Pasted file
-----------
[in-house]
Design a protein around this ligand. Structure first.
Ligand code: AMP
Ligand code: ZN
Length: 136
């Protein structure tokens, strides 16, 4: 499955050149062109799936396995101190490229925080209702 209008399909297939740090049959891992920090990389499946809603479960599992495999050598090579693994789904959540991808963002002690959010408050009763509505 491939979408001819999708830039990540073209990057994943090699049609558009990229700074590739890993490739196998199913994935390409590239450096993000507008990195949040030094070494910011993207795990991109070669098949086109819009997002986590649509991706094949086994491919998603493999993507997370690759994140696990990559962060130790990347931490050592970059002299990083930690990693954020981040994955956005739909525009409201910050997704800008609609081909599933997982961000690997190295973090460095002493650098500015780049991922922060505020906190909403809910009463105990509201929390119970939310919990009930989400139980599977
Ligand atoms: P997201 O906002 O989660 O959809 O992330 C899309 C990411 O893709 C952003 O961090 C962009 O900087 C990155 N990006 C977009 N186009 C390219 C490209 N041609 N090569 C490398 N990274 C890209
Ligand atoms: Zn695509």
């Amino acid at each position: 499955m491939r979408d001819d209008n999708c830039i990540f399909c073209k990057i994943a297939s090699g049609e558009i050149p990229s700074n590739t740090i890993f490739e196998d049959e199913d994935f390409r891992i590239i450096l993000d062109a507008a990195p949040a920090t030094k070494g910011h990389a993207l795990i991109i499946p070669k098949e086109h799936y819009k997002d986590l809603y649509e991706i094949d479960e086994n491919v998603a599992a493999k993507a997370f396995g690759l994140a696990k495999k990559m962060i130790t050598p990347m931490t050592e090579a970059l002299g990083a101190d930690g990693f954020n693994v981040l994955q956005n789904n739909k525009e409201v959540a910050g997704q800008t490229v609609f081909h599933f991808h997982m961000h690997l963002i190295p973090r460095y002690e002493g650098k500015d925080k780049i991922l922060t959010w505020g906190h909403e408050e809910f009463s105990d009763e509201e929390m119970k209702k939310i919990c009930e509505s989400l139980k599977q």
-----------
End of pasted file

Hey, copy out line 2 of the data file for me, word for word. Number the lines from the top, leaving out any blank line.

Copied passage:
Design a protein around this ligand. Structure first.